Back to the present.  In this community, there are approximately 1,000 homes.  Most families derive their income from diwal fishing.  Diwal are large oysters that are popular here in the Philippines.  They are shipped to Manila and other parts of the country to be served in restaurants.  Everything revolves around the fishing industry in this village.  Crab traps are stacked next to a house on the beach.  There are pails of small fish everywhere, waiting to be distributed to the  markets in the provincial capitol or sun-dried on long racks to be sold as dried fish – a common business among NWTF clients in these types of communities.  We ask whether 5,000 pesos ($100 USD) would be sufficient for a microloan.  For some people, they respond, 5,000 would be enough.  But many families would require a loan of upwards of 20,000 pesos to purchase a new motor for their pump boat.  For new clients, this isn’t possible.  Project Dungganon (NWTF’s microlending program) members start at 5,000 pesos, and work their way up to 20,000 pesos over the course of 5 or 10 loan cycles.  So if this village is brought on-board, these potential clients will have to start small.  A community loan, on the other hand, could potentially enhance the earning-potential of everyone in the village.

On the beach where we are standing, there are probably 40 pump boats. Some are on the beach for repair, while others anchored just off the shoreline.  Each is outfitted with an outboard motor that runs on diesel fuel. If this community could install a storage tank and buy diesel fuel in bulk, they could collectively reduce the input costs for running their fishing businesses, resulting in higher profits for everyone.  Similarly, if they had an icemaker, the fishermen could store their catch on ice.  This would allow the community to function as a co-op, selling enough volume to perhaps eliminate middlemen or time the market and get better prices for their catch.  These are the direct benefits of a community loans.  As with anything in microfinance, there is a ripple effect, producing many indirect benefits as well.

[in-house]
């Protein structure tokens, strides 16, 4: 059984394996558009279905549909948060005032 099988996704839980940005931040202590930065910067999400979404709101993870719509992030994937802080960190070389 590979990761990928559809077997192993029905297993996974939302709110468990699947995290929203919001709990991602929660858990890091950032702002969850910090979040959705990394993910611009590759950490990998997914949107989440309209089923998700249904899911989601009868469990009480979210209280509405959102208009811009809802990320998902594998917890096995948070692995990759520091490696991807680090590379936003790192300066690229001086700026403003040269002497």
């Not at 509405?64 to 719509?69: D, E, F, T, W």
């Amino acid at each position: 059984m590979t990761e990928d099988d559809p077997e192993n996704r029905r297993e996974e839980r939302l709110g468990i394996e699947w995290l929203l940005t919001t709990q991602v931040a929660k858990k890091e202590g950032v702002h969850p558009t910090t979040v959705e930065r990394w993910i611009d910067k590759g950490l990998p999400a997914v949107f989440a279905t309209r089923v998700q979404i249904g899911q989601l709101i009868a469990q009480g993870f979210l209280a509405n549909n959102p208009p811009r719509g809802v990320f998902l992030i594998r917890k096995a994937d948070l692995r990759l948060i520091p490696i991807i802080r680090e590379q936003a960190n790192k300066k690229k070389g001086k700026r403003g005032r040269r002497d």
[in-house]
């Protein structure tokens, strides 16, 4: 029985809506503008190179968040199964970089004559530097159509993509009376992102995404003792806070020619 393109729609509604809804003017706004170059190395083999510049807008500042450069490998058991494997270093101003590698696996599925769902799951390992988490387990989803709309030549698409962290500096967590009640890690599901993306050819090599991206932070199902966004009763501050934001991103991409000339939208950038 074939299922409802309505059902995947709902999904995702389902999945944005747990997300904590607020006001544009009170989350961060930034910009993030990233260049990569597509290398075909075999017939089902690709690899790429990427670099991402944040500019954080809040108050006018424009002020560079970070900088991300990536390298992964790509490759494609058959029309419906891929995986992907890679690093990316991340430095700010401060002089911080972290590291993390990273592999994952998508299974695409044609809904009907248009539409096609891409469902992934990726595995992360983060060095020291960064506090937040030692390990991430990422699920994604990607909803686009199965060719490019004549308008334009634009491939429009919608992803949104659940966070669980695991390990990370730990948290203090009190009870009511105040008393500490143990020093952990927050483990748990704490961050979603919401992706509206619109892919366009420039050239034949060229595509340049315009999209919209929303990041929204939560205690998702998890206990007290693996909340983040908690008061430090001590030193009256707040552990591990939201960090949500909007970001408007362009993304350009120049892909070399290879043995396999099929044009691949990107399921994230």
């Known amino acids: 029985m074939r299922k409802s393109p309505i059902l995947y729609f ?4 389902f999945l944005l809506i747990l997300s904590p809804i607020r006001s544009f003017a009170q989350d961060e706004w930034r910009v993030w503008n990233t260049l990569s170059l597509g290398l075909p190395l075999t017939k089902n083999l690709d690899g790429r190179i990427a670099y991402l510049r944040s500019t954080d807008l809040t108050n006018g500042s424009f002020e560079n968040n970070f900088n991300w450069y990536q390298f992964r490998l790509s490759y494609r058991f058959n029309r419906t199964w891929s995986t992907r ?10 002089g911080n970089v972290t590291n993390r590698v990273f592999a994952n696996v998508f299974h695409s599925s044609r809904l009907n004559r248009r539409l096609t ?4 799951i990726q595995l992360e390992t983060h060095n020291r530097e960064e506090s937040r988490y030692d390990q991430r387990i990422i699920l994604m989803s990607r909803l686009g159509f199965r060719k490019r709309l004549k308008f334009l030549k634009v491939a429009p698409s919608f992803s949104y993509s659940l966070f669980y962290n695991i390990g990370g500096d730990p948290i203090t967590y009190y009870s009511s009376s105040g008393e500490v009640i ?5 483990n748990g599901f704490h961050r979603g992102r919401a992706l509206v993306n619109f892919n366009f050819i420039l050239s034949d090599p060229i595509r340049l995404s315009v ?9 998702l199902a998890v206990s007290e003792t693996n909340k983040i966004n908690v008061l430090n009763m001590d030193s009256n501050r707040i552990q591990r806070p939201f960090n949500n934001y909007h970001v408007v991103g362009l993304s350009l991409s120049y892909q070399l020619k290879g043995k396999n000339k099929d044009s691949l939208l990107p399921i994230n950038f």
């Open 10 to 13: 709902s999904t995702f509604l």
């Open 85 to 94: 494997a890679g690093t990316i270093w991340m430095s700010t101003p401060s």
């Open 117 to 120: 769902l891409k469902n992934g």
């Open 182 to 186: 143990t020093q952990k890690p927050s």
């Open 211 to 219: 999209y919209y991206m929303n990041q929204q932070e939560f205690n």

In a small and very poor barangay (village) such as this one, money tends to stay within the community.  People buy their clothes, detergents, and other necessities at the sari sari stores and eat locally prepared food.  They use local construction workers to build homes, and rent fishing equipment from vendors in town.  Additional income at the primary producer level (i.e. the fishermen), which comes from outside the community, circulates continuously until it is spent elsewhere.  The local businesses make more money as a result, which they can invest in their childrens’ education or putting an addition on their home.  In a squatter community, a family could even potentially earn enough to buy the title to their land.  In other words, when the primary industry becomes more efficient and profitable, the community at-large inevitably becomes the beneficiary.

Kiva does not offer community loans on the site because, as many of you know, it is a site that supports livelihood loans.  In other words, you lend money to individuals, who, in turn, invest in starting or maintaining a business.  Community loans are much broader in scope and scale, and may be a bit higher risk.  Community loans are not widely used here in the Philippines, and I am not sure about the rest of the world.  They have revolutionary potential because of the broad and sustainable impact they can have on a community.

Please help NWTF achieve its mission of serving the poorest communities in the Philippines by joining the NWTF Lending Team. Also, if you have any other questions about NWTF and their work, send me an email.